There has been a marked decline in the summer extent of Arctic sea ice over the past few decades. Data from autonomous ice mass-balance buoys can enhance our understanding of this decline. These buoys monitor changes in snow deposition and ablation, ice growth, and ice surface and bottom melt. Results from the summer of 2008 showed considerable large-scale spatial variability in the amount of surface and bottom melt. Small amounts of melting were observed north of Greenland, while melting in the southern Beaufort Sea was quite large. Comparison of net solar heat input to the ice and heat required for surface ablation showed only modest correlation. However, there was a strong correlation between solar heat input to the ocean and bottom melting. As the ice concentration in the Beaufort Sea region decreased, there was an increase in solar heat to the ocean and an increase in bottom melting.
Retrospective voting is a central explanation for voters’ support of incumbents. Yet, despite the variety of conditions facing American cities, past research has devoted little attention to retrospective voting for mayors. This paper first develops hypotheses about how local retrospective voting might differ from its national analog, due to both differing information sources and the presence of national benchmarks. It then analyzes retrospective voting using the largest data set on big-city mayoral elections between 1990 and 2011 to date. Neither crime rates nor property values consistently influence incumbent mayors’ vote shares, nor do changes in local conditions. However, low city-level unemployment relative to national unemployment correlates with higher incumbent support. The urban voter is a particular type of retrospective voter, one who compares local economic performance to conditions elsewhere. Moreover, these effects appear to be present only in cities that dominate their media markets, suggesting media outlets’ role in facilitating retrospective voting.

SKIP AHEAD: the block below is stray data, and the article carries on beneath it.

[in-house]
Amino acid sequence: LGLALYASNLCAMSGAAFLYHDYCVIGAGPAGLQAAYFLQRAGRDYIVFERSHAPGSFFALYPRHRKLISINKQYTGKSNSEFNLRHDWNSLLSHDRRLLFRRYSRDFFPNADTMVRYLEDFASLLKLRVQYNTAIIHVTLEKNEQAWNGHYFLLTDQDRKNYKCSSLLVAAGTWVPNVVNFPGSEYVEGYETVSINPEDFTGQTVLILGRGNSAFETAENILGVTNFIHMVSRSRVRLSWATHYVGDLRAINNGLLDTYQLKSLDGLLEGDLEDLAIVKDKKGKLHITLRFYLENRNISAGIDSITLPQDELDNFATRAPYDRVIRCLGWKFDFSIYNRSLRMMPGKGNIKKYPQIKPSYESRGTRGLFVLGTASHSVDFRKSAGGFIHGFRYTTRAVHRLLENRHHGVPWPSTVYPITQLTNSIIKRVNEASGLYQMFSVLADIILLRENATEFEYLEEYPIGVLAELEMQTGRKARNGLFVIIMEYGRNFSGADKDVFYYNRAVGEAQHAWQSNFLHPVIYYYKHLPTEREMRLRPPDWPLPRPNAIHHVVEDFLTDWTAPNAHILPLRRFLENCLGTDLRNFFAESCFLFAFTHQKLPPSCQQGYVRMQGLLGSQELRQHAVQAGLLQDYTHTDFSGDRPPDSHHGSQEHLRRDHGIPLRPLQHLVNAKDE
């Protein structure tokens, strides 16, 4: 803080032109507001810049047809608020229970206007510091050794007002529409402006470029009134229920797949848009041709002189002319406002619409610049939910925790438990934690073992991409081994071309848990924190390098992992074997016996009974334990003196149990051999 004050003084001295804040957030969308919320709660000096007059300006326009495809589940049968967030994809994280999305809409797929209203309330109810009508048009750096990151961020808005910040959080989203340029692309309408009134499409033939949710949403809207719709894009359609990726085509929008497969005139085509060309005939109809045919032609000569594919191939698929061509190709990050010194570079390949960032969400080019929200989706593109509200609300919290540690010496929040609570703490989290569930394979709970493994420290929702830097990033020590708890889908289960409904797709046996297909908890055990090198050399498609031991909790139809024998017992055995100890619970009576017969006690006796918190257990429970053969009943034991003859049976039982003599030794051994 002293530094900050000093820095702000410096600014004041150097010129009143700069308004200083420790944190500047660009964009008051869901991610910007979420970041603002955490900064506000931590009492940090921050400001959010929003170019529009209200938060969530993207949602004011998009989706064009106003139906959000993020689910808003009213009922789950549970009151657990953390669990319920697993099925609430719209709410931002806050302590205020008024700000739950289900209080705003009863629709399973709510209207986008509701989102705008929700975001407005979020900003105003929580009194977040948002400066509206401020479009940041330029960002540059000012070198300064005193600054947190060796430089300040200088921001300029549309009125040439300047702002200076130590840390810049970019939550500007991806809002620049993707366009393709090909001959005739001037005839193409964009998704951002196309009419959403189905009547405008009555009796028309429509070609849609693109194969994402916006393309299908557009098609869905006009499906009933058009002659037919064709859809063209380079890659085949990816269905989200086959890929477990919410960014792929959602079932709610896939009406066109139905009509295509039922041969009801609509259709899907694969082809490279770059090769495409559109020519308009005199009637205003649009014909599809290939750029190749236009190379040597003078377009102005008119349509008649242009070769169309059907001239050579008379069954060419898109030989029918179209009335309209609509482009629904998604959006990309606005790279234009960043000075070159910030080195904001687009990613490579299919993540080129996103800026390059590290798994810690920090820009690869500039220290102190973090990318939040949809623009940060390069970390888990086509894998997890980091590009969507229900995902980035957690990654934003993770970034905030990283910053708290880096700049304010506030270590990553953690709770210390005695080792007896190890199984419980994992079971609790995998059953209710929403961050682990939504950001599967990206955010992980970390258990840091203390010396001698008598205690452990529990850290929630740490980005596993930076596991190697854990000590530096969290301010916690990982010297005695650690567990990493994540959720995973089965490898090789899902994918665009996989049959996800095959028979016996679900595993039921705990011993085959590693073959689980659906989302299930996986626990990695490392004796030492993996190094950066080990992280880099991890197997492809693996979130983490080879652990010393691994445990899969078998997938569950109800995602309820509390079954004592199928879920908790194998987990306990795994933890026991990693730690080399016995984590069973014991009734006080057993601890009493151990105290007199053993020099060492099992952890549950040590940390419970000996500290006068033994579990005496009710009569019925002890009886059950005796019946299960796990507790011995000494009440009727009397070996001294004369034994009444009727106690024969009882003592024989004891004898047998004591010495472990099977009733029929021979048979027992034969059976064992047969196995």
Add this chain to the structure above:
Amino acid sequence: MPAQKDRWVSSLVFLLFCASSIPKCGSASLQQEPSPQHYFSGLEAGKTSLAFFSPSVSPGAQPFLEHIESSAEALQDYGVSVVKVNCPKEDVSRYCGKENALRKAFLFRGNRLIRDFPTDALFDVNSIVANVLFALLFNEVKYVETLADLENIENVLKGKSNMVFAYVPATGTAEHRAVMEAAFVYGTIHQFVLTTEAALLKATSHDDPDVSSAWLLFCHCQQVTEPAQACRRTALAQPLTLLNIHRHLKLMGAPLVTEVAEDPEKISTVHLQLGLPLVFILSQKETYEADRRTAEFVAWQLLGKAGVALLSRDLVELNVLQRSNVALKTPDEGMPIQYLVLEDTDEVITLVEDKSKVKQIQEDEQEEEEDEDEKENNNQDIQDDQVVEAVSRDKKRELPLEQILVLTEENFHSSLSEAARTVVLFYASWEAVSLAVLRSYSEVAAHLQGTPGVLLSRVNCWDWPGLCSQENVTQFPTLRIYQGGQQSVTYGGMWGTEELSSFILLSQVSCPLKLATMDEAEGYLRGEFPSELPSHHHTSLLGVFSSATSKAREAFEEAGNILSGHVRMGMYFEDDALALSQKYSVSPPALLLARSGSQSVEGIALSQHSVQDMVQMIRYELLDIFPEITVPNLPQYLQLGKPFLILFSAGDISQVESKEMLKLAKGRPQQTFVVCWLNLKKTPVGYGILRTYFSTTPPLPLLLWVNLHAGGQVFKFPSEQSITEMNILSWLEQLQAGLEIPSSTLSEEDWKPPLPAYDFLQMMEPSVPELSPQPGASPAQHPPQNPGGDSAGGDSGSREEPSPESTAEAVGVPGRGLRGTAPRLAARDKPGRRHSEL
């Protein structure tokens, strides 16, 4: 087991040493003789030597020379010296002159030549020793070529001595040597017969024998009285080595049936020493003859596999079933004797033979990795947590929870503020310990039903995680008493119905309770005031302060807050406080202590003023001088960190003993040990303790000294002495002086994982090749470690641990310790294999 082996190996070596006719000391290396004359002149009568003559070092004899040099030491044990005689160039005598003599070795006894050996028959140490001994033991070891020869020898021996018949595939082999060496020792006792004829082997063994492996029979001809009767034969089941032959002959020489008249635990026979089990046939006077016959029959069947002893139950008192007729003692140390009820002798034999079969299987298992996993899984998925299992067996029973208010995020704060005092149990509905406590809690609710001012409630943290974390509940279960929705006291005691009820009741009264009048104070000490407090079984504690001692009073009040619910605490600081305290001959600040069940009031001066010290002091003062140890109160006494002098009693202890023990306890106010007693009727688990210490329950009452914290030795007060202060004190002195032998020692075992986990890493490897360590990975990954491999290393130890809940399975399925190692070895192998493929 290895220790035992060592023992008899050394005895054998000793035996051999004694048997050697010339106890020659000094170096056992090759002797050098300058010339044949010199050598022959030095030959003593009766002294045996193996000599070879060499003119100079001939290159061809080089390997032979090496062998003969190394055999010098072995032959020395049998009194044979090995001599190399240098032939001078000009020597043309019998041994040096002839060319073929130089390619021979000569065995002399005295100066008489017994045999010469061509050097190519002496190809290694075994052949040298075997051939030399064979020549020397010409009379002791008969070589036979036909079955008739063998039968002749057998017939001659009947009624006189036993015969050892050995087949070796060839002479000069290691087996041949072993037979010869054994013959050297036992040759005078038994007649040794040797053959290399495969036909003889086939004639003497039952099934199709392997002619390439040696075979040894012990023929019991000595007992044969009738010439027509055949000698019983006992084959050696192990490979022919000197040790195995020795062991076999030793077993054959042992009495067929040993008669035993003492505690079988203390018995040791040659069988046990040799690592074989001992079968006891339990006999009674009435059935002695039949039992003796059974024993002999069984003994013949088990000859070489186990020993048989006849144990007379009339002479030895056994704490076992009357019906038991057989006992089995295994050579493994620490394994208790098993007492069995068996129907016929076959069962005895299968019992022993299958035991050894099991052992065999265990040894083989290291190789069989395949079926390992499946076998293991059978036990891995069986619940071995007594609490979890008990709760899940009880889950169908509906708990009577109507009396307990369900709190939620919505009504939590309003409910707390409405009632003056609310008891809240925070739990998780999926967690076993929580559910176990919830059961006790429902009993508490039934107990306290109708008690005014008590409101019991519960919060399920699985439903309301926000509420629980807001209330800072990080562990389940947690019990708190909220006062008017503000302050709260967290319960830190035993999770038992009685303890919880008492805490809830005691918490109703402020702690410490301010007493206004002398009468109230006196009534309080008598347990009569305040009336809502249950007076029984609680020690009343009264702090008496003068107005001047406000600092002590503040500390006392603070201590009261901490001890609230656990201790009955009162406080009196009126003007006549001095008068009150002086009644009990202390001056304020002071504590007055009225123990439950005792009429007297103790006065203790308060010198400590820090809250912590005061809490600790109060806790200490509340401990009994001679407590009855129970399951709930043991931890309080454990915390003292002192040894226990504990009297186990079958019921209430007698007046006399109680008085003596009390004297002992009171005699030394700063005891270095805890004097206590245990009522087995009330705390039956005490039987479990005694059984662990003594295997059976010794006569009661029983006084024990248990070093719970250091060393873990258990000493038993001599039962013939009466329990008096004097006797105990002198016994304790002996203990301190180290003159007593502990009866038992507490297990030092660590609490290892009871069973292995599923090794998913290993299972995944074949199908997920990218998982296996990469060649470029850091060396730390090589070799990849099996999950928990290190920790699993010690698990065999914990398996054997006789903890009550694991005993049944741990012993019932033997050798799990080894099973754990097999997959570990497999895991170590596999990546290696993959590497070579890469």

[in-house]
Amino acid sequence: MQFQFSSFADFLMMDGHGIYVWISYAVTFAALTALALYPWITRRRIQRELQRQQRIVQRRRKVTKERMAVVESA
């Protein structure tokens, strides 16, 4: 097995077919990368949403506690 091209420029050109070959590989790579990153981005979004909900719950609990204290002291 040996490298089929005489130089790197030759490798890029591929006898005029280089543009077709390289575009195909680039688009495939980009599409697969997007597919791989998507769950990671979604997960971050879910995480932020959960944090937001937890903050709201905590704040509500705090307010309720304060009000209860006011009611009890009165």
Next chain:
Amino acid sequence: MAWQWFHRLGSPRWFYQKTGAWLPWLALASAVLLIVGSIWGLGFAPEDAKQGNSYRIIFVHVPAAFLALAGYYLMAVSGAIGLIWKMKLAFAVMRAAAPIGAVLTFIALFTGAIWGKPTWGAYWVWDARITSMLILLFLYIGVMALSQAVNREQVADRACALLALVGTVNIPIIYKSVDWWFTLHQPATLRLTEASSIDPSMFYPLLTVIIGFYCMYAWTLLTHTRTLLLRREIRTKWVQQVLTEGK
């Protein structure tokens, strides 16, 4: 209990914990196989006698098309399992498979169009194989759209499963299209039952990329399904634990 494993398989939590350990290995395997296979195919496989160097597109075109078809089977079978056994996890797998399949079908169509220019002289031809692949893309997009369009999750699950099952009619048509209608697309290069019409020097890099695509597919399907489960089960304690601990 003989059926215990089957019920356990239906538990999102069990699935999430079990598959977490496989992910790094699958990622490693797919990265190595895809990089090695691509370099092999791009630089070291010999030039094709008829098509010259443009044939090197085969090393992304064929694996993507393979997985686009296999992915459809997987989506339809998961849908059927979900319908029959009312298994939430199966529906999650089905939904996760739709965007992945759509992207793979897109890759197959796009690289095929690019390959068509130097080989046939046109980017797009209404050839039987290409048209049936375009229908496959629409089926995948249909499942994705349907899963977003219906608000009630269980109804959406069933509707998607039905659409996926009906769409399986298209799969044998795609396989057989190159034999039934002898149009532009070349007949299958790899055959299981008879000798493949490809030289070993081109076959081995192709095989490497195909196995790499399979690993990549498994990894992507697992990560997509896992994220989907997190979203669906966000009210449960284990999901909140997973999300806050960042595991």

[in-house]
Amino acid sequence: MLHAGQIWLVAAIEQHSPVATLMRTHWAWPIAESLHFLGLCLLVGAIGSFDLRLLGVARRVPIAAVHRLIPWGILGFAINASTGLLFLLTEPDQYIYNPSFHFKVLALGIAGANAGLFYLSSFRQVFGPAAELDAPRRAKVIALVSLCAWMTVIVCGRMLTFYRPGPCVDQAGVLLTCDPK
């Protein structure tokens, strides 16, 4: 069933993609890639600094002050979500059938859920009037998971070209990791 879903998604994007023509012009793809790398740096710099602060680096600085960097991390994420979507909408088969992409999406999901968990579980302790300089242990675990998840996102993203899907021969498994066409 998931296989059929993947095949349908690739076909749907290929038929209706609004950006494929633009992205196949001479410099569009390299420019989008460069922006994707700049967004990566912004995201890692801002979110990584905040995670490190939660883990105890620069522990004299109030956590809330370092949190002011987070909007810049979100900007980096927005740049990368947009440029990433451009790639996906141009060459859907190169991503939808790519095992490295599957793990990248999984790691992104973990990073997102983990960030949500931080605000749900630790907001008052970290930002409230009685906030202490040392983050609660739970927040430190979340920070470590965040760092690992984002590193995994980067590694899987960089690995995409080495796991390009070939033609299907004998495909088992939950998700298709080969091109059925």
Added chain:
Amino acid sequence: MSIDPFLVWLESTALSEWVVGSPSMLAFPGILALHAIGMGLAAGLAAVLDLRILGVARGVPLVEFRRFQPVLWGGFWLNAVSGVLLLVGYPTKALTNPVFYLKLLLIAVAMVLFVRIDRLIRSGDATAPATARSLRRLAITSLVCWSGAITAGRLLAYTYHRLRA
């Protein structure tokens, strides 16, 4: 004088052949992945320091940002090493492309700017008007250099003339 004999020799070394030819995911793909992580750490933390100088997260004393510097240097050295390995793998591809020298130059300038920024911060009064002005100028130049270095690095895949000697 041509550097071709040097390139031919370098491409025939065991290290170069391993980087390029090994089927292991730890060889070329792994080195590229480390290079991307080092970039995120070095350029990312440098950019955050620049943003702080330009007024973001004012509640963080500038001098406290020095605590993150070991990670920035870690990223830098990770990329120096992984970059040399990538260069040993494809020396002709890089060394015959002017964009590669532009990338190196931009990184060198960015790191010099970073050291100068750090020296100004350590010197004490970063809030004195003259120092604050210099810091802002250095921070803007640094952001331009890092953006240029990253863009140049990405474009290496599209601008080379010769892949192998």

The fragmented ecosystems along the Niagara Escarpment World Biosphere Reserve provide important habitats for biota including lichens. Nonetheless, the Reserve is disturbed by dense human populations and associated air pollution. Here we investigated patterns of lichen diversity within urban and rural sites at three different locations (Niagara, Hamilton, and Owen Sound) along the Niagara Escarpment in Ontario, Canada. Our results indicate that both lichen species richness and community composition are negatively correlated with increasing human population density and air pollution. However, our quantitative analysis of community composition using canonical correspondence analysis (CCA) indicates that human population density and air pollution is more independent than might be assumed. The CCA analysis suggests that the strongest environmental gradient (CCA1) associated with lichen community composition includes regional pollution load and climatic variables; the second gradient (CCA2) is associated with local pollution load and human population density factors. These results increase the knowledge of lichen biodiversity for the Niagara Escarpment and urban and rural fragmented ecosystems as well as along gradients of human population density and air pollution; they suggest a differential influence of regional and local pollution loads and population density factors. This study provides baseline knowledge for further research and conservation initiatives along the Niagara Escarpment World Biosphere Reserve.
To investigate the association of seasonality with dietary diversity, household food security and nutritional status of pregnant women in a rural district of northern Bangladesh.